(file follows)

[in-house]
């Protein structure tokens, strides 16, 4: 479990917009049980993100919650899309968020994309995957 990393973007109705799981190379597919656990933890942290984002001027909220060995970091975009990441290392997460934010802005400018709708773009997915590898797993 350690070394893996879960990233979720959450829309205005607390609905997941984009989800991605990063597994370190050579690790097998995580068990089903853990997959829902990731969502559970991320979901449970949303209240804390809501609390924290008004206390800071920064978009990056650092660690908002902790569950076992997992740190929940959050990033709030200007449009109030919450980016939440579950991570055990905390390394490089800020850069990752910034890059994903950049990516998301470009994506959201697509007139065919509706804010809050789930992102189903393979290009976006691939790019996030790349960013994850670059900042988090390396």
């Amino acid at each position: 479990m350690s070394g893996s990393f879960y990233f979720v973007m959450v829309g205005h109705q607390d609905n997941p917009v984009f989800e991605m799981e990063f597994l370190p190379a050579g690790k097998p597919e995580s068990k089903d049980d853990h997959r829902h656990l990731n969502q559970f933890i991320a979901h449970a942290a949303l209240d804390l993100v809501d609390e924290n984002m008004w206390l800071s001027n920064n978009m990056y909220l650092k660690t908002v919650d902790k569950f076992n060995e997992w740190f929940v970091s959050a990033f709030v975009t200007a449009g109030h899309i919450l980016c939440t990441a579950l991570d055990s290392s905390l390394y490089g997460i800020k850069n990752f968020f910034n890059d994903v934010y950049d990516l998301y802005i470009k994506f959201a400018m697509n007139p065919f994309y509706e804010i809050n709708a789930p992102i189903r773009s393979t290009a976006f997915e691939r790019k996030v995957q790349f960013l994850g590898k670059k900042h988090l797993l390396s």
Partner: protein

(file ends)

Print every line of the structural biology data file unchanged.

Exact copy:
[in-house]
């Protein structure tokens, strides 16, 4: 479990917009049980993100919650899309968020994309995957 990393973007109705799981190379597919656990933890942290984002001027909220060995970091975009990441290392997460934010802005400018709708773009997915590898797993 350690070394893996879960990233979720959450829309205005607390609905997941984009989800991605990063597994370190050579690790097998995580068990089903853990997959829902990731969502559970991320979901449970949303209240804390809501609390924290008004206390800071920064978009990056650092660690908002902790569950076992997992740190929940959050990033709030200007449009109030919450980016939440579950991570055990905390390394490089800020850069990752910034890059994903950049990516998301470009994506959201697509007139065919509706804010809050789930992102189903393979290009976006691939790019996030790349960013994850670059900042988090390396």
């Amino acid at each position: 479990m350690s070394g893996s990393f879960y990233f979720v973007m959450v829309g205005h109705q607390d609905n997941p917009v984009f989800e991605m799981e990063f597994l370190p190379a050579g690790k097998p597919e995580s068990k089903d049980d853990h997959r829902h656990l990731n969502q559970f933890i991320a979901h449970a942290a949303l209240d804390l993100v809501d609390e924290n984002m008004w206390l800071s001027n920064n978009m990056y909220l650092k660690t908002v919650d902790k569950f076992n060995e997992w740190f929940v970091s959050a990033f709030v975009t200007a449009g109030h899309i919450l980016c939440t990441a579950l991570d055990s290392s905390l390394y490089g997460i800020k850069n990752f968020f910034n890059d994903v934010y950049d990516l998301y802005i470009k994506f959201a400018m697509n007139p065919f994309y509706e804010i809050n709708a789930p992102i189903r773009s393979t290009a976006f997915e691939r790019k996030v995957q790349f960013l994850g590898k670059k900042h988090l797993l390396s």
Partner: protein